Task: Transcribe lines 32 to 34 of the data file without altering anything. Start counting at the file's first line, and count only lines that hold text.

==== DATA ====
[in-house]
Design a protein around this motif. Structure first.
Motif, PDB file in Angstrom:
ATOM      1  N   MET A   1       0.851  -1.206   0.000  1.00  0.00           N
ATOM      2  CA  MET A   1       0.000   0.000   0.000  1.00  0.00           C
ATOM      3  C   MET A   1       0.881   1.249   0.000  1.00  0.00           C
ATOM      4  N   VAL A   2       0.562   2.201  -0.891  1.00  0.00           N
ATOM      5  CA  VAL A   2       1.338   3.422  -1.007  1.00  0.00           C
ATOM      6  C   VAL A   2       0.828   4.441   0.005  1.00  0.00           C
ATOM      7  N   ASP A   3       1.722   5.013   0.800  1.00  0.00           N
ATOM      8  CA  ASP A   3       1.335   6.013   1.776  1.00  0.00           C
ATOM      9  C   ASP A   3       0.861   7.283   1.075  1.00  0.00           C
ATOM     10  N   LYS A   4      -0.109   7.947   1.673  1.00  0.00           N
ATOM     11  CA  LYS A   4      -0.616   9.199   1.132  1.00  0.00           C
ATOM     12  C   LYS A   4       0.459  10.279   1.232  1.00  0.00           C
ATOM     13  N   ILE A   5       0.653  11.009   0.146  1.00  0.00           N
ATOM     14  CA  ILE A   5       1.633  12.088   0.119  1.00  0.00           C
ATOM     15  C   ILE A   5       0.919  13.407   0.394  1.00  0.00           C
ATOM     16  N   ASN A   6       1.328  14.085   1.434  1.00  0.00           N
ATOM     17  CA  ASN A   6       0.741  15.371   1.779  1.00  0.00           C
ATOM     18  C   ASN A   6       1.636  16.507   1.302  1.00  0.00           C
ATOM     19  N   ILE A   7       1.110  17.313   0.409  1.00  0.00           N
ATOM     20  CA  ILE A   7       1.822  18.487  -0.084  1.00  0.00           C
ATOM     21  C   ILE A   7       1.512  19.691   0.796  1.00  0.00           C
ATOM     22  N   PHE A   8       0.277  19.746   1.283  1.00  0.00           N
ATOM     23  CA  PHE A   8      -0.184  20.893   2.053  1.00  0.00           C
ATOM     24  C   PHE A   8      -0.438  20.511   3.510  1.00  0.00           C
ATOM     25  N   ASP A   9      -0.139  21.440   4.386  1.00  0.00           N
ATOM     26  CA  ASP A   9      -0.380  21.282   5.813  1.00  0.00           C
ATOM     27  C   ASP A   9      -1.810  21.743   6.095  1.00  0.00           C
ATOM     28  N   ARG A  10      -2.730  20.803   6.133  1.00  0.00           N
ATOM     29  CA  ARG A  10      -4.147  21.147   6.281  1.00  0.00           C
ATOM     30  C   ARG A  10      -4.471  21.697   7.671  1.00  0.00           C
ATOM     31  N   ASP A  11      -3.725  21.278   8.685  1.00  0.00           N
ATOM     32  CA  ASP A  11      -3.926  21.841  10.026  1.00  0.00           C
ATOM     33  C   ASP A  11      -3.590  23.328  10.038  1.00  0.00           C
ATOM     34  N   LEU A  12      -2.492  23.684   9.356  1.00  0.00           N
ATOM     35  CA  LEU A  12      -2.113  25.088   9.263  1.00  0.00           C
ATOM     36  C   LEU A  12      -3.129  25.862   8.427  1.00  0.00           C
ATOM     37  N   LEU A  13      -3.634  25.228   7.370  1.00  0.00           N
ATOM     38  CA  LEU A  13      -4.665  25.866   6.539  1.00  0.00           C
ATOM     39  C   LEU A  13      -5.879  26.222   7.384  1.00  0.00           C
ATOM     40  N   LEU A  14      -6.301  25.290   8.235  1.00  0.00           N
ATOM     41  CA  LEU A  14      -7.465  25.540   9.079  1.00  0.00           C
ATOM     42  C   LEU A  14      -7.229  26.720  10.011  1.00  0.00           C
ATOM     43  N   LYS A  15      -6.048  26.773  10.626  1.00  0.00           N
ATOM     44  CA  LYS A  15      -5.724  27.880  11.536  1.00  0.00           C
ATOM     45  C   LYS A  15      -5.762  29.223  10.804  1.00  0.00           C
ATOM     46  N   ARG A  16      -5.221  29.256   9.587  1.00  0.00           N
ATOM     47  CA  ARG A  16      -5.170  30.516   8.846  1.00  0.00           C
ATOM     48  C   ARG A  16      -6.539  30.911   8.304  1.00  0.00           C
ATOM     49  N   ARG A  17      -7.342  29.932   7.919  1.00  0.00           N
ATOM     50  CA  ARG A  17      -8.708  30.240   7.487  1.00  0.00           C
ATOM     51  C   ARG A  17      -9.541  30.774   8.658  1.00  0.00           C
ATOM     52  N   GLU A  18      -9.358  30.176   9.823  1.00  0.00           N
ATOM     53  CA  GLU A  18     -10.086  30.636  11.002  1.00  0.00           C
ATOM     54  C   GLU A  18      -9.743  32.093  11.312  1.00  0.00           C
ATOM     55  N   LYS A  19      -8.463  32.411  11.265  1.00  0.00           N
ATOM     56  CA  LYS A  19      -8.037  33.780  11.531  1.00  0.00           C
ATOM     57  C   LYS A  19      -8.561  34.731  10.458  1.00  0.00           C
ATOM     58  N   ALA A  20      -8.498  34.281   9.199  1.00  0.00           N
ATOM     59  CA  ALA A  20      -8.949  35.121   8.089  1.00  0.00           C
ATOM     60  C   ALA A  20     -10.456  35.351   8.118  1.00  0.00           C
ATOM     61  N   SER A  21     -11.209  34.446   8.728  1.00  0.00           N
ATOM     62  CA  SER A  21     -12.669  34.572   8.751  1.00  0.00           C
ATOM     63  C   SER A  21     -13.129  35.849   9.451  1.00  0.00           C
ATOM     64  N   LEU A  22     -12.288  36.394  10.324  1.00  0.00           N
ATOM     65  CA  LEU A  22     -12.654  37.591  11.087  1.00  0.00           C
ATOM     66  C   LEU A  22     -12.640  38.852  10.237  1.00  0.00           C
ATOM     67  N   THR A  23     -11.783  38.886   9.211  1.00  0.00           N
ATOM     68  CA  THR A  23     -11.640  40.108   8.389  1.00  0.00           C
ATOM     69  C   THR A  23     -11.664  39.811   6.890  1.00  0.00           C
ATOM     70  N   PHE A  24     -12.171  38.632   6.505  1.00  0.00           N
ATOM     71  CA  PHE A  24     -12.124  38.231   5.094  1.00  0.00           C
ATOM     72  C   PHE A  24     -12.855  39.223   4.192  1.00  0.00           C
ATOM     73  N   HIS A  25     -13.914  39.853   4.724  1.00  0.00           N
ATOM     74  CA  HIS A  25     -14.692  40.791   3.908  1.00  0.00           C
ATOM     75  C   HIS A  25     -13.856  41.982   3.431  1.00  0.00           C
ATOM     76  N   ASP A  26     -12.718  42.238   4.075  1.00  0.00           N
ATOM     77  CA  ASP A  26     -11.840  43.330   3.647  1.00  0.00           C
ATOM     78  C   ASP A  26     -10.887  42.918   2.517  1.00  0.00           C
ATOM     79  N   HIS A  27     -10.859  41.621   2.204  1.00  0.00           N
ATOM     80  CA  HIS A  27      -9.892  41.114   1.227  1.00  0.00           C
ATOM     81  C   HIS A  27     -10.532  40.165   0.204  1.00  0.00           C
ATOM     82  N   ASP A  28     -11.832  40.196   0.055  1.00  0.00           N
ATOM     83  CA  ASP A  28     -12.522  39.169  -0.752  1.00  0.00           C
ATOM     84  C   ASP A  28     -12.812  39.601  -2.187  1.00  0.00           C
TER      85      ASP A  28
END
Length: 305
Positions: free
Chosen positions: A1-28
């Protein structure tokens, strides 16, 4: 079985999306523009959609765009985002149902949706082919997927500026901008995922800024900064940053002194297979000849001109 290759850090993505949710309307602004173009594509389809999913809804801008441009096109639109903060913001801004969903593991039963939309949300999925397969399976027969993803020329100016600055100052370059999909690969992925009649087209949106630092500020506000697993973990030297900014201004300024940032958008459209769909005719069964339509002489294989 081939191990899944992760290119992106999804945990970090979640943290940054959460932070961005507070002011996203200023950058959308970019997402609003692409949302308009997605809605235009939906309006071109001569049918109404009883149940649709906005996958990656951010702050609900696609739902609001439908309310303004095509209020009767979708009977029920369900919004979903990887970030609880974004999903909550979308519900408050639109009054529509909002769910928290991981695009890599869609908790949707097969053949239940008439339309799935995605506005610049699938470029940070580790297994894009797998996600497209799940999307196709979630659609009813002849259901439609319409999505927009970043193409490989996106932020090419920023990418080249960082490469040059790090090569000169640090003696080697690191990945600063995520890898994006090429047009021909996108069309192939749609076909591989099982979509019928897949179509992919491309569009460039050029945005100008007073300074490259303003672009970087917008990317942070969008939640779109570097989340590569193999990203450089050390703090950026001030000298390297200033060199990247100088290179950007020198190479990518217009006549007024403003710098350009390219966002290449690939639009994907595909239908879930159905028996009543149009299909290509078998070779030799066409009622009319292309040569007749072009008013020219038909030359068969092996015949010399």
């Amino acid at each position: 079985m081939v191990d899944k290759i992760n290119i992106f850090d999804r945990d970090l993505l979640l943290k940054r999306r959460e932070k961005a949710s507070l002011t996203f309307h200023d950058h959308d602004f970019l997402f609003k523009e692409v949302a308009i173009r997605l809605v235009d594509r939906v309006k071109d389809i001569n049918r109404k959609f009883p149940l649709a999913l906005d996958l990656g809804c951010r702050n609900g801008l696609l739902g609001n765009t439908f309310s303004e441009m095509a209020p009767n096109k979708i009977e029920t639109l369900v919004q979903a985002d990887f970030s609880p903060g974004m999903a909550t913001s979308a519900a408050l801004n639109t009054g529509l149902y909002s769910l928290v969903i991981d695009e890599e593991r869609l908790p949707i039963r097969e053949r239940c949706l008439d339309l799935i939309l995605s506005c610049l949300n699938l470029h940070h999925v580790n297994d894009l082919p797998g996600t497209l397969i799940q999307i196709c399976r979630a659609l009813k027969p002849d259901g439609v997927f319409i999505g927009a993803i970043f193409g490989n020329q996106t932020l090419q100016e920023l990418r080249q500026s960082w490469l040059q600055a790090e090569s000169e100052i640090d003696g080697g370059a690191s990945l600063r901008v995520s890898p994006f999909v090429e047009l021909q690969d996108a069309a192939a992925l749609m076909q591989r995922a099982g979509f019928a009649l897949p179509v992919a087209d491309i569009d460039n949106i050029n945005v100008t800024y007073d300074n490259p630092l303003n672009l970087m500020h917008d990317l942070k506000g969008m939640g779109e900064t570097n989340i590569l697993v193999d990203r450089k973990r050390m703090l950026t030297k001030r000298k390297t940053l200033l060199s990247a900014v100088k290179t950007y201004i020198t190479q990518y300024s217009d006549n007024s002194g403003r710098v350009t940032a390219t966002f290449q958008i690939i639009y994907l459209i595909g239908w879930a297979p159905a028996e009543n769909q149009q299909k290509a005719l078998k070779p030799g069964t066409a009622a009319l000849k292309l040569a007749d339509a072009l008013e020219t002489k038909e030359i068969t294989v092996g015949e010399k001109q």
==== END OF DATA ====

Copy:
ATOM     29  CA  ARG A  10      -4.147  21.147   6.281  1.00  0.00           C
ATOM     30  C   ARG A  10      -4.471  21.697   7.671  1.00  0.00           C
ATOM     31  N   ASP A  11      -3.725  21.278   8.685  1.00  0.00           N